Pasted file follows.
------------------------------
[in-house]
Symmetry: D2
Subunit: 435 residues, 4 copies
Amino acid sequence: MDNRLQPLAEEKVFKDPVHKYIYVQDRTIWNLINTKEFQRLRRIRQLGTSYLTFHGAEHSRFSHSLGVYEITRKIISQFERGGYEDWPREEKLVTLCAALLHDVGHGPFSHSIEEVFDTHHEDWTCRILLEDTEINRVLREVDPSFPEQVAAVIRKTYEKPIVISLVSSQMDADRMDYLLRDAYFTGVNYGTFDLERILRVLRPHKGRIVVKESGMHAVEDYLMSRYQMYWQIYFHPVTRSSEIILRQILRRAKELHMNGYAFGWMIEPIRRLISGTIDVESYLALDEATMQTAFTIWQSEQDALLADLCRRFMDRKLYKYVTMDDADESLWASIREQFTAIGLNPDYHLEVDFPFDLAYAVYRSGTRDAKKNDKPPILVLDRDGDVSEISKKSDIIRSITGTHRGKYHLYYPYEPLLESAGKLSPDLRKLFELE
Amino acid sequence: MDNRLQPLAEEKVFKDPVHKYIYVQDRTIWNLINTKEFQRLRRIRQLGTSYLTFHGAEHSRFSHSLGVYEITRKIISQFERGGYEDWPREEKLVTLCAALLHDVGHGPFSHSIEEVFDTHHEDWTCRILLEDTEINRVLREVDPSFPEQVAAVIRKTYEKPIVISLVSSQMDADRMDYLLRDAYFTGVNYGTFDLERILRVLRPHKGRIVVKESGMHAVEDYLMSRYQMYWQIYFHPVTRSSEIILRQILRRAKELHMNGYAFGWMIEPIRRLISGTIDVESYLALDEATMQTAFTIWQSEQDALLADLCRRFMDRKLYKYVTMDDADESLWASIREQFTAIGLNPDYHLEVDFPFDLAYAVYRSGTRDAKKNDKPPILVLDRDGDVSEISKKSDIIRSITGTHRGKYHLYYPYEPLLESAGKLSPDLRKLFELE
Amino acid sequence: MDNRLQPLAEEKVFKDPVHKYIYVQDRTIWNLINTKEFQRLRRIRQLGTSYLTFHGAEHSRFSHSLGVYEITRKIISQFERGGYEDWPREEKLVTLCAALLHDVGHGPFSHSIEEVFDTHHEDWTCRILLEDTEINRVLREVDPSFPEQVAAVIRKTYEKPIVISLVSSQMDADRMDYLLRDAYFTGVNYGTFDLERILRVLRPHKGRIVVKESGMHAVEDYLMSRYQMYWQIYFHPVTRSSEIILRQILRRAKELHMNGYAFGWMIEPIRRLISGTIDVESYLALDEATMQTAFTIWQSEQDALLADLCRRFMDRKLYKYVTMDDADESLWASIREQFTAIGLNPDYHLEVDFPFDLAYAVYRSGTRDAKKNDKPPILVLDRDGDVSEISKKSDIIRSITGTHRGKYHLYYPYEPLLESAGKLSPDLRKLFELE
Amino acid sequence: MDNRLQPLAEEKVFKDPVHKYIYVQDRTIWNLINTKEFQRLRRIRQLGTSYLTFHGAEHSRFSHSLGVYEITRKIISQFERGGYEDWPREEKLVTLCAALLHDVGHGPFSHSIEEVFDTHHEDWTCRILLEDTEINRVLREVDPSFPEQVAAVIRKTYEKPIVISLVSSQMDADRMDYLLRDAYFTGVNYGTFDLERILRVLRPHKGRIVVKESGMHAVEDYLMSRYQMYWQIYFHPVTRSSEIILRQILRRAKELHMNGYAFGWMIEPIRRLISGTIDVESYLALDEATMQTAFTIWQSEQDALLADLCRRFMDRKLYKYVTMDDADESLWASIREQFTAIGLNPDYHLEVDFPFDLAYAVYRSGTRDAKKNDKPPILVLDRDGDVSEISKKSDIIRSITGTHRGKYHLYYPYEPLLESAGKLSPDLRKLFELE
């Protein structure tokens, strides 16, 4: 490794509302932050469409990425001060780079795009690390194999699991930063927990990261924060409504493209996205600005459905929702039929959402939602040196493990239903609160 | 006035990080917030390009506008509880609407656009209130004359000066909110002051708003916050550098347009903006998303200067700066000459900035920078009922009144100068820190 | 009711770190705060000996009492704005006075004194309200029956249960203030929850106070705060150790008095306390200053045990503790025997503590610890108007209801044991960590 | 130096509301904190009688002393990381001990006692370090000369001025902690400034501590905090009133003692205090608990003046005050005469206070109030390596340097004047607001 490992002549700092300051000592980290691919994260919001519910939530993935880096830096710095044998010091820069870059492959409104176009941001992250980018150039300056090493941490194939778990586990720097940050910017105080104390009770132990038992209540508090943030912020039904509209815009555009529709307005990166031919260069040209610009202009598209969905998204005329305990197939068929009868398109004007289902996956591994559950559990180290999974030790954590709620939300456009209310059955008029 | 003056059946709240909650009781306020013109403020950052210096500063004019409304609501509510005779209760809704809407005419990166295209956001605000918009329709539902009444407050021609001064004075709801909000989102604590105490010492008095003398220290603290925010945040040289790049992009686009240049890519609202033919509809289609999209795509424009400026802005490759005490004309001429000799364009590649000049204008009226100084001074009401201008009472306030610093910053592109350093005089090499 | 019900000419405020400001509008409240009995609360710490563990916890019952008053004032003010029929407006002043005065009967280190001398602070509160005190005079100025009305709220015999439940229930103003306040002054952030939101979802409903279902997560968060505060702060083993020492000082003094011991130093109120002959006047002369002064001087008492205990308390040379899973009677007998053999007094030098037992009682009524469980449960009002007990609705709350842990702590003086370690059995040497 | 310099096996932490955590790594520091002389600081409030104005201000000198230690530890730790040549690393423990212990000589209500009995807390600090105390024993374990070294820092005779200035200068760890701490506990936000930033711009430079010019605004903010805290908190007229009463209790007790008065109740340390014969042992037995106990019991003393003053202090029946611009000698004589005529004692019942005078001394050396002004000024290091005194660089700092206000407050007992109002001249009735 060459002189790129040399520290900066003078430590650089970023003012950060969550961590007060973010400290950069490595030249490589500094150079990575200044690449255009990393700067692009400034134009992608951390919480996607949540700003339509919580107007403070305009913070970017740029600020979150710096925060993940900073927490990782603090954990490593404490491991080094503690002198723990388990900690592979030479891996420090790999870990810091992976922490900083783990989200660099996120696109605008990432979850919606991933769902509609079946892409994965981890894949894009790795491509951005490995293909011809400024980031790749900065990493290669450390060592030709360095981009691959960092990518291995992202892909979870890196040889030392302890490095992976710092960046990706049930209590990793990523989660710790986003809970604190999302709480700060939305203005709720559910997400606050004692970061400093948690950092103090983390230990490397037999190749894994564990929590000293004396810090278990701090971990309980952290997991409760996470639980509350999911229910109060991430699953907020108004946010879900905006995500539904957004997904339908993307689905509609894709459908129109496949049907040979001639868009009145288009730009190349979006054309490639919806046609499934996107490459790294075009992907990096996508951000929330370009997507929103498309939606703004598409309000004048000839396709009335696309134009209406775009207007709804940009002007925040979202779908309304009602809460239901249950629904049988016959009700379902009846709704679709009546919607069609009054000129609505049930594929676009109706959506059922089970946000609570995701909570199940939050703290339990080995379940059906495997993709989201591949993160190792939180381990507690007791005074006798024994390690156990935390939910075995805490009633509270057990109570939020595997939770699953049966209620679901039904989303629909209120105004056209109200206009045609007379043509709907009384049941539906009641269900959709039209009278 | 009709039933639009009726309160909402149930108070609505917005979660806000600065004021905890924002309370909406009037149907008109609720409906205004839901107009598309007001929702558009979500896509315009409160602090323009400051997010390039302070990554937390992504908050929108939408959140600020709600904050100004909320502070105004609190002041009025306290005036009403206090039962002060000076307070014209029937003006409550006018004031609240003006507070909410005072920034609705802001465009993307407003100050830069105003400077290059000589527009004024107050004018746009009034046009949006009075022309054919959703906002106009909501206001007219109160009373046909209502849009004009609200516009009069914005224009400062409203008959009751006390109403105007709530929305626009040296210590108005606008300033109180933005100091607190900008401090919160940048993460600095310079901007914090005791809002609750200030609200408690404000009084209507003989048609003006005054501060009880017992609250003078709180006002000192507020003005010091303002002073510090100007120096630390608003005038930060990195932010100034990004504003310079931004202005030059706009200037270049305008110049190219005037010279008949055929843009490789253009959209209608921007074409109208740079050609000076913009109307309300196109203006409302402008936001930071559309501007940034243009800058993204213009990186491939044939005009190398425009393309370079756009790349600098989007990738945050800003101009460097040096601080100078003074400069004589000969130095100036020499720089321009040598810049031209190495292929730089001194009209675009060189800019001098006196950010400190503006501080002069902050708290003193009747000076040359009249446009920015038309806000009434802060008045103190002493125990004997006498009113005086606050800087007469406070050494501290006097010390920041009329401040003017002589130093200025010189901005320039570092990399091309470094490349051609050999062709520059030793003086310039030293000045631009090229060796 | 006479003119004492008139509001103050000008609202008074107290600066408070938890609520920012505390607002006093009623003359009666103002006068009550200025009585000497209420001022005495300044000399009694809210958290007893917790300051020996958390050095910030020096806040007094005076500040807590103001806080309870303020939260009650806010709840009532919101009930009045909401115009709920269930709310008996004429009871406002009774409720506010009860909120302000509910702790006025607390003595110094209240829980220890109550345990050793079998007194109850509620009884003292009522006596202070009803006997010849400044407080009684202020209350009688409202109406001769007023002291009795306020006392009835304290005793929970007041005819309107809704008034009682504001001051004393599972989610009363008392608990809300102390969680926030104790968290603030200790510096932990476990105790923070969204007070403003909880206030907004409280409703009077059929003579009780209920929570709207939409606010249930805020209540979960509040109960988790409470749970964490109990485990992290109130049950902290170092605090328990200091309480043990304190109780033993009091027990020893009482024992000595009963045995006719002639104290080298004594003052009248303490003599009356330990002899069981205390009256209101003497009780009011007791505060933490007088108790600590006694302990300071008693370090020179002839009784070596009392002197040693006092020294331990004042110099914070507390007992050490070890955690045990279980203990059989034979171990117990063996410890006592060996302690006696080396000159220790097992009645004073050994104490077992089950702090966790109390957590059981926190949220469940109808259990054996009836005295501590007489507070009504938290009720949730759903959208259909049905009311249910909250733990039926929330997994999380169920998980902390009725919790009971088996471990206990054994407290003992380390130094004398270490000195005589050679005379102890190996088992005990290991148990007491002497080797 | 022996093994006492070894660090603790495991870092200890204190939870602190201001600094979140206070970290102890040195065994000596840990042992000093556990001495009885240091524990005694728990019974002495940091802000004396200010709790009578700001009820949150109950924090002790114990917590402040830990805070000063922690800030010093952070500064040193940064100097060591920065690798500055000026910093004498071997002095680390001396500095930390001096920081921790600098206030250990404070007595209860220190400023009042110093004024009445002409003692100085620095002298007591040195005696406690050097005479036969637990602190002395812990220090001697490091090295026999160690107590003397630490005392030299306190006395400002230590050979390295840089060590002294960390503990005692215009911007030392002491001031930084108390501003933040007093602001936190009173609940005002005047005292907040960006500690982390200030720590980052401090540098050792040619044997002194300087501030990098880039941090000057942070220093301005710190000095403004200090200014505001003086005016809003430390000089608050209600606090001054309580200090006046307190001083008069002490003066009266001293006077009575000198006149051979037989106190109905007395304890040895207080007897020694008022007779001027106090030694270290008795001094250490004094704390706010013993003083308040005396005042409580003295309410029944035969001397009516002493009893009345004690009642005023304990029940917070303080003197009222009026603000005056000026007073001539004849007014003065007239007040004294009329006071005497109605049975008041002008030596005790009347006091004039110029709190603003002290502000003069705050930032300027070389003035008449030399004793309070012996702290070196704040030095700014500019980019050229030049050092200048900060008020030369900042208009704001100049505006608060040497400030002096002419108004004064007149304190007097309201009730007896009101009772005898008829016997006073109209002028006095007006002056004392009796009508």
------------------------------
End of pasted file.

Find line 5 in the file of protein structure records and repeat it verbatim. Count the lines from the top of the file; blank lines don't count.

Amino acid sequence: MDNRLQPLAEEKVFKDPVHKYIYVQDRTIWNLINTKEFQRLRRIRQLGTSYLTFHGAEHSRFSHSLGVYEITRKIISQFERGGYEDWPREEKLVTLCAALLHDVGHGPFSHSIEEVFDTHHEDWTCRILLEDTEINRVLREVDPSFPEQVAAVIRKTYEKPIVISLVSSQMDADRMDYLLRDAYFTGVNYGTFDLERILRVLRPHKGRIVVKESGMHAVEDYLMSRYQMYWQIYFHPVTRSSEIILRQILRRAKELHMNGYAFGWMIEPIRRLISGTIDVESYLALDEATMQTAFTIWQSEQDALLADLCRRFMDRKLYKYVTMDDADESLWASIREQFTAIGLNPDYHLEVDFPFDLAYAVYRSGTRDAKKNDKPPILVLDRDGDVSEISKKSDIIRSITGTHRGKYHLYYPYEPLLESAGKLSPDLRKLFELE